The advantages of social media are plentiful; they allow us to connect with old and new friends, share photographs and videos, learn about and discuss current events and bring awareness to and promote events, among many others. Unfortunately, there are also many risks involved. The Internet provides anonymity, which attracts scam artists and their creative schemes that are often targeted to college students. When using social media for all of its wonderful benefits, be aware of potential scams. To help you out, we have listed a few common scams so you know when and how to avoid falling victim to them.
Stranded & Need Money Scams
Scammers will hack the accounts of your friends and family members to send you a private message saying they are stranded in a foreign country and need money to return home. Of course you’ll want to help a friend in need, but you could also lose a lot of money if it is a scam. Scam artists using this scheme will typically ask for Western Union or wire transfers and convey a strong sense of urgency. After all, they need the money now if they are to return home. Before you call your credit union or financial institution to send money, take some time to get more information, and try to contact the friend or family member that is supposedly messaging you. This will help you better determine if the message is a scam or not.
Card Cracking Scams
With your busy school schedules, there isn’t always time to commit to a job. Which means, money can be tight during the school year. Scam artists also know this, and have created fast money schemes. Essentially, victims are recruited to facilitate some form of fraud against a credit union or other financial institution. Of course, the scam artist never phrases it that way. It could be that a check is deposited into your account and you get to keep a portion of the funds as payment, or you perform some task and provide your account number for the payment. The scammers want your account information (account number, debit card number) and have various scenarios to get them. How to avoid them: don’t provide your sensitive account information through social media. The consequences for these scams can be devastating, ranging from fraud charges against you to a significant loss of money.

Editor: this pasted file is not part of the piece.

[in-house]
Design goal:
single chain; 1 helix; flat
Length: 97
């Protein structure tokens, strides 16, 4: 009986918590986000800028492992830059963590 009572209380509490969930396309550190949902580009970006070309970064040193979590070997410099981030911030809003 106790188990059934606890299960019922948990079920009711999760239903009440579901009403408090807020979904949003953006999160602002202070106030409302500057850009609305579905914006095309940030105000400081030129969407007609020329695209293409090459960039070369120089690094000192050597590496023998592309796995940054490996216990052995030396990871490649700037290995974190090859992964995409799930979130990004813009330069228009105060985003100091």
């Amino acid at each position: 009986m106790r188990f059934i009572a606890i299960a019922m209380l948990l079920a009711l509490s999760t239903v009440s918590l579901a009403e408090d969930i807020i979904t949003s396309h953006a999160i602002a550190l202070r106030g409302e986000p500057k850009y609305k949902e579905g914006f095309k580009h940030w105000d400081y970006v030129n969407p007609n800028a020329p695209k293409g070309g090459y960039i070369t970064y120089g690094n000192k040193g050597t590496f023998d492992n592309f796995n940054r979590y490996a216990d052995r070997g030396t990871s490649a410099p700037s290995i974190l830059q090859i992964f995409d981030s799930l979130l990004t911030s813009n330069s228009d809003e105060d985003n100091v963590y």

Post & Win Scams
Typically, these types of scams catch your attention by offering a free prize for sharing, posting or tweeting something. For example, posts telling you to “share this status, and win a free iPad!” might possibly be from a company is running a legitimate contest; if you share a picture of yourself at one of their stores, you could win a free gift card, or something similar. Because some are real and some are scams, you’ll want to research before posting anything on your social media account. If the contest is a scam, posting something on your account could provide the scammers with any personal information that is tied to your social media account while also putting your friends and their information at risk.
While these are a few of the possible scams that you may encounter, we hope that you can use these examples to search for red flags elsewhere and also know when to report possible scams that you see to the website’s administrator. Social media is an effective tool for many purposes, but scammers know that, too. Be aware of the possible risks, and use that knowledge to make the best judgments while using social media.
Deidre Davis is the Vice President of Marketing and Communications at MSU Federal Credit Union. MSUFCU’s headquarters are at 3777 West Road East Lansing, MI 48823. Contact Deidre at firstname.lastname@example.org or (517) 664-7877.